See alternative English language qualifications

Qualifications or experience
  • 96-112 points to include a minimum of 2 A levels, or equivalent. Students wishing to take two languages require 32 points from an A level in a Modern Foreign Language (French, German, Spanish).

See the other qualifications we accept

English language requirements
  • English language proficiency at a minimum of IELTS band 6.0 with no component score below 5.5.

See alternative English language qualifications

​Course costs

Tuition fees (2019 start)

  • UK/EU/Channel Islands and Isle of Man students – £9,250 per year (may be subject to annual increase)
  • International students – £13,900 per year (subject to annual increase)

Additional course costs

These course-related costs aren’t included in the tuition fees. So you’ll need to budget for them when you plan your spending.

Additional costs

Our accommodation section shows your accommodation options and highlights how much it costs to live in Portsmouth.

You’ll study up to 6 units a year. You may have to read several recommended books or textbooks for each unit.

You can borrow most of these from the Library. If you buy these, they may cost up to £60 each.

We recommend that you budget £75 a year for photocopying, memory sticks, DVDs and CDs, printing charges, binding and specialist printing.

If your final year includes a major project, there could be cost for transport or accommodation related to your research activities. The amount will depend on the project you choose.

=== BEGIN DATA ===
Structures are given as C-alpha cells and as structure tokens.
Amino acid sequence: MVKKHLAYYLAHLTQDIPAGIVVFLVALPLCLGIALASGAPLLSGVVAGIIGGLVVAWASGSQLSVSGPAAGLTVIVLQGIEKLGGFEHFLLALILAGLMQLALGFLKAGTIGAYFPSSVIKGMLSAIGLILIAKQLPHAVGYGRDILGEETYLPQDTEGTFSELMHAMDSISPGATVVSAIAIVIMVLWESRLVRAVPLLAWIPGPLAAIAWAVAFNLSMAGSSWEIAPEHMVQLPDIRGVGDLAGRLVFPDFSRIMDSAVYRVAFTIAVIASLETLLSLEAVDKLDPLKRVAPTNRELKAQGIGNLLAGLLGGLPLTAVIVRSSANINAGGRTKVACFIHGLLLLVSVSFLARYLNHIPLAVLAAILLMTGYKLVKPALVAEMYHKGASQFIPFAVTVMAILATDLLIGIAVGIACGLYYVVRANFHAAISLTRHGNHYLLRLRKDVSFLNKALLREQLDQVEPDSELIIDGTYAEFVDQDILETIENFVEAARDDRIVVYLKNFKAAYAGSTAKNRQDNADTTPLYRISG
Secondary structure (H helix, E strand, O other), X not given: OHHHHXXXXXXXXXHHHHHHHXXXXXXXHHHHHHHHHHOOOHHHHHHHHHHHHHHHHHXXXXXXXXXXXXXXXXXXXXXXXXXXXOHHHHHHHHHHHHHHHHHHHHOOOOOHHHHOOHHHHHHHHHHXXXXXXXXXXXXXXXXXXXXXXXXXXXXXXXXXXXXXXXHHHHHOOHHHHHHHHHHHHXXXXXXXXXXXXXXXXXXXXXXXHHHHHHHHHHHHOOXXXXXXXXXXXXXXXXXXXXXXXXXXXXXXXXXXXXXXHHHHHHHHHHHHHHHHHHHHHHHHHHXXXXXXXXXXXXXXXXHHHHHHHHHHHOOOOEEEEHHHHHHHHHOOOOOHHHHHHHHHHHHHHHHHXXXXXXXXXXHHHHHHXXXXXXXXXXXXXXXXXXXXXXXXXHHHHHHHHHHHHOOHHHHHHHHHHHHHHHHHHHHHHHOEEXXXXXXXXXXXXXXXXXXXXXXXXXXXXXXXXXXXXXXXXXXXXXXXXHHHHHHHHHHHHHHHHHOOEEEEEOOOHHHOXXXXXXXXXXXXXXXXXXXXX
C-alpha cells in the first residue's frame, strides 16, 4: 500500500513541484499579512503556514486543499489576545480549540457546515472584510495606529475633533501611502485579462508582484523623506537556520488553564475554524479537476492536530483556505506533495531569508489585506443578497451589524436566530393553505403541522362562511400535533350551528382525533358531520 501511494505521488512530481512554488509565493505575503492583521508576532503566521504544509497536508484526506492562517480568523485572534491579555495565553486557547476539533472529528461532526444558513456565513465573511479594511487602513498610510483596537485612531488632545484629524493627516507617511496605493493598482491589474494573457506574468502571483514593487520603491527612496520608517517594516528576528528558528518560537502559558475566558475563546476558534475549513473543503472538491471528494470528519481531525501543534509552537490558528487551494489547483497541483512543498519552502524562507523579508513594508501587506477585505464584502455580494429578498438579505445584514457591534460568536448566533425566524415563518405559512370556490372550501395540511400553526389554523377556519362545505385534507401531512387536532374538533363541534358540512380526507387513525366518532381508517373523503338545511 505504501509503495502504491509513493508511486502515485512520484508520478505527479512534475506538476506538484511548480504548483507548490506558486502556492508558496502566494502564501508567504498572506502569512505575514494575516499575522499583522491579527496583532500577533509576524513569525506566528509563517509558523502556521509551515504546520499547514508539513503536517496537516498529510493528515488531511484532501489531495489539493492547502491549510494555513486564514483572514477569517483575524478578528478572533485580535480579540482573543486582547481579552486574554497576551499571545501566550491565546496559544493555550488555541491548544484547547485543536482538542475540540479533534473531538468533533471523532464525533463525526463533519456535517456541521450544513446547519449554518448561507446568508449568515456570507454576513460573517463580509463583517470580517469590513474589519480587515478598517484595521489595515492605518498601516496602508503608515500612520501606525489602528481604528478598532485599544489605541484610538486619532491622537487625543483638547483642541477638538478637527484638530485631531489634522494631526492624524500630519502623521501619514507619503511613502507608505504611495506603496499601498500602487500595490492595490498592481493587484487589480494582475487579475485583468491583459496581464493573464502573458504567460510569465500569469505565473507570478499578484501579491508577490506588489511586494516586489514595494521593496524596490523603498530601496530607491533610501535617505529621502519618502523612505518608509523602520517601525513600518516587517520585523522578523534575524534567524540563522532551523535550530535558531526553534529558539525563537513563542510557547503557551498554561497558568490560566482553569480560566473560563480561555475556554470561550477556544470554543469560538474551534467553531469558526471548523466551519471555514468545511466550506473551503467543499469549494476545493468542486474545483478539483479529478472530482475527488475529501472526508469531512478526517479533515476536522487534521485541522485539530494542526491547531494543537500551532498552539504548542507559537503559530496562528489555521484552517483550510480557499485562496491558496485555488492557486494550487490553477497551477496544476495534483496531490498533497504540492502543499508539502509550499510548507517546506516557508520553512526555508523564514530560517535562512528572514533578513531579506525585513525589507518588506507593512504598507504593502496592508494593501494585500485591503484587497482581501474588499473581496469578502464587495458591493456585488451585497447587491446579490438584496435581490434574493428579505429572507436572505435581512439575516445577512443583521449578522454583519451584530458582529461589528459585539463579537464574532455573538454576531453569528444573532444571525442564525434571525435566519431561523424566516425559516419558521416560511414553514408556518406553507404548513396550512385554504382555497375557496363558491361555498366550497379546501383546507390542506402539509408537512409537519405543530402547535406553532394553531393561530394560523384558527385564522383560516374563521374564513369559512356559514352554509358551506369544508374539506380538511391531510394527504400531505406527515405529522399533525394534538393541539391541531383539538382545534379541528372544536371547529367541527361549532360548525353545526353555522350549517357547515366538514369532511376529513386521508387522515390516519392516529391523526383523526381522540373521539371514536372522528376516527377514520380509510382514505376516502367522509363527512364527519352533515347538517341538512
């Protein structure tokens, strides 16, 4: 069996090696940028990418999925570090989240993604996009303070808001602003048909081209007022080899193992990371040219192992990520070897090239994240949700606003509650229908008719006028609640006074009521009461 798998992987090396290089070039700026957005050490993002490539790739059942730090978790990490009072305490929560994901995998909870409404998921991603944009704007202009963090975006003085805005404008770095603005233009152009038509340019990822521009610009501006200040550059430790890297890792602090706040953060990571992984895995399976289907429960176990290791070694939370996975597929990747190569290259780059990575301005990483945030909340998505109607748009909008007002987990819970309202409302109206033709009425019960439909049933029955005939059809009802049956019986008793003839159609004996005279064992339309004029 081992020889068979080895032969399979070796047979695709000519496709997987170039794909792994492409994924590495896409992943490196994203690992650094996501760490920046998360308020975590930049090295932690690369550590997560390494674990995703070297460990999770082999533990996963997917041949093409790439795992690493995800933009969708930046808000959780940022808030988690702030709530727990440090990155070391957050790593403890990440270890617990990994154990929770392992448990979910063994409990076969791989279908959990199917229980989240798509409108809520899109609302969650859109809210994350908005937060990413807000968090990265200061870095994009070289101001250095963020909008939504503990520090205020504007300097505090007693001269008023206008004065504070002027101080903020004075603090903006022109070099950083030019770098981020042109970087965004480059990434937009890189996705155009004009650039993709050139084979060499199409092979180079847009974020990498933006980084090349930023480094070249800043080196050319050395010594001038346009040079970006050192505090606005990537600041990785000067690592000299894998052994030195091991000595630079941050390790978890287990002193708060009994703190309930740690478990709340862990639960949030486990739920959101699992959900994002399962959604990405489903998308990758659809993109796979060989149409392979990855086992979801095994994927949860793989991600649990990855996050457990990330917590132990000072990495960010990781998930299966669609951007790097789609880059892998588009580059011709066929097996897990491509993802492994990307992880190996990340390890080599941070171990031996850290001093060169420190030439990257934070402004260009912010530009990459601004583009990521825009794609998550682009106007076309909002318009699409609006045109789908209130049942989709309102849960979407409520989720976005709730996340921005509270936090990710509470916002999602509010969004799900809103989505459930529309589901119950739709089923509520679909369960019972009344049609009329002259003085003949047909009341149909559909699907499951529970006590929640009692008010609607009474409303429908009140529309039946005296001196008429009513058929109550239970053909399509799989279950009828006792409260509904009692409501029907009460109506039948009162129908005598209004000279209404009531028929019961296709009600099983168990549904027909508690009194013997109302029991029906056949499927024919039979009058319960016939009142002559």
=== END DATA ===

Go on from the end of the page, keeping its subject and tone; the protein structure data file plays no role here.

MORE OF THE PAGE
Other course costs

If you do any placements outside of the EU/EEA, you’ll need to cover the travel costs. These costs are usually around £1000. You’ll also need to cover the living costs, which will vary depending on the duration and location of the placement.

You’ll also need to meet any additional tuition costs for units of study you take outside of your agreed study abroad programme. This normally costs around £200.

Apply

How to apply

To start in 2019 you need to apply through UCAS. You’ll need:

  • the UCAS course code – R902
  • our institution code – P80

You can start your application now and submit it later if you want.

Not quite ready to apply?

Come to an Open Day to explore our course facilities, tour the campus and have a look around our halls of residence.

If you’re new to the application process, read our guide on applying for an undergraduate course.

To start in 2020 you need to apply through UCAS. You can register and start your application from 21 May 2019 and submit it from 5 September 2019.

In the meantime, sign up to an Open Day to explore our course facilities, tour the campus and have a look around our halls of residence.

If you’re new to the application process, read our guide on applying for an undergraduate course.

When you apply, you'll need:

  • the UCAS course code – R902
  • our institution code – P80

How to apply from outside the UK

If you're from outside of the UK, you can apply for this course through UCAS (see the 'How to apply' section above for details). You can also apply directly to us or you can get an agent to help with your application. Check your country page for details of agents in your region.

To find out what to include in your application, head to the how to apply page of our international students section. 

Admissions terms and conditions

When you accept an offer to study at the University of Portsmouth, you also agree to our terms and conditions as well as the University’s policies, rules and regulations. You should read and consider these before you apply.